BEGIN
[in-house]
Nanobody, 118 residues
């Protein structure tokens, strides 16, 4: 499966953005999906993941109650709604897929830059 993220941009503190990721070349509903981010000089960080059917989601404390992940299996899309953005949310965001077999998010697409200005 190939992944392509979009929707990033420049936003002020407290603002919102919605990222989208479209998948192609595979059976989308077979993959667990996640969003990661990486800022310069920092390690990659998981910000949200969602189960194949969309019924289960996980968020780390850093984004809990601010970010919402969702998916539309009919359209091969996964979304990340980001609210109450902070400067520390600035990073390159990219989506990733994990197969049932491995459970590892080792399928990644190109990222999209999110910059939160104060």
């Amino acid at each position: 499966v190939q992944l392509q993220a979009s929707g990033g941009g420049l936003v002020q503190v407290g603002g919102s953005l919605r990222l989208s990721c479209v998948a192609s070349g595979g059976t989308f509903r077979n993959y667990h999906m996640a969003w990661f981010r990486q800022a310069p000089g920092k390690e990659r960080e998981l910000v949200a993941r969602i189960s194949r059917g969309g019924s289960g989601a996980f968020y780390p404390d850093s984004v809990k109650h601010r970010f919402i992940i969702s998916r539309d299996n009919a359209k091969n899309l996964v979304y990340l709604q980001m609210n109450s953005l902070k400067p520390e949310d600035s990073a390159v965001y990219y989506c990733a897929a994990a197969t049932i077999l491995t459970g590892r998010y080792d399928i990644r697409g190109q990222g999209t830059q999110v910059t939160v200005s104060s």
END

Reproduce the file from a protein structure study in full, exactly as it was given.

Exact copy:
[in-house]
Nanobody, 118 residues
């Protein structure tokens, strides 16, 4: 499966953005999906993941109650709604897929830059 993220941009503190990721070349509903981010000089960080059917989601404390992940299996899309953005949310965001077999998010697409200005 190939992944392509979009929707990033420049936003002020407290603002919102919605990222989208479209998948192609595979059976989308077979993959667990996640969003990661990486800022310069920092390690990659998981910000949200969602189960194949969309019924289960996980968020780390850093984004809990601010970010919402969702998916539309009919359209091969996964979304990340980001609210109450902070400067520390600035990073390159990219989506990733994990197969049932491995459970590892080792399928990644190109990222999209999110910059939160104060």
């Amino acid at each position: 499966v190939q992944l392509q993220a979009s929707g990033g941009g420049l936003v002020q503190v407290g603002g919102s953005l919605r990222l989208s990721c479209v998948a192609s070349g595979g059976t989308f509903r077979n993959y667990h999906m996640a969003w990661f981010r990486q800022a310069p000089g920092k390690e990659r960080e998981l910000v949200a993941r969602i189960s194949r059917g969309g019924s289960g989601a996980f968020y780390p404390d850093s984004v809990k109650h601010r970010f919402i992940i969702s998916r539309d299996n009919a359209k091969n899309l996964v979304y990340l709604q980001m609210n109450s953005l902070k400067p520390e949310d600035s990073a390159v965001y990219y989506c990733a897929a994990a197969t049932i077999l491995t459970g590892r998010y080792d399928i990644r697409g190109q990222g999209t830059q999110v910059t939160v200005s104060s």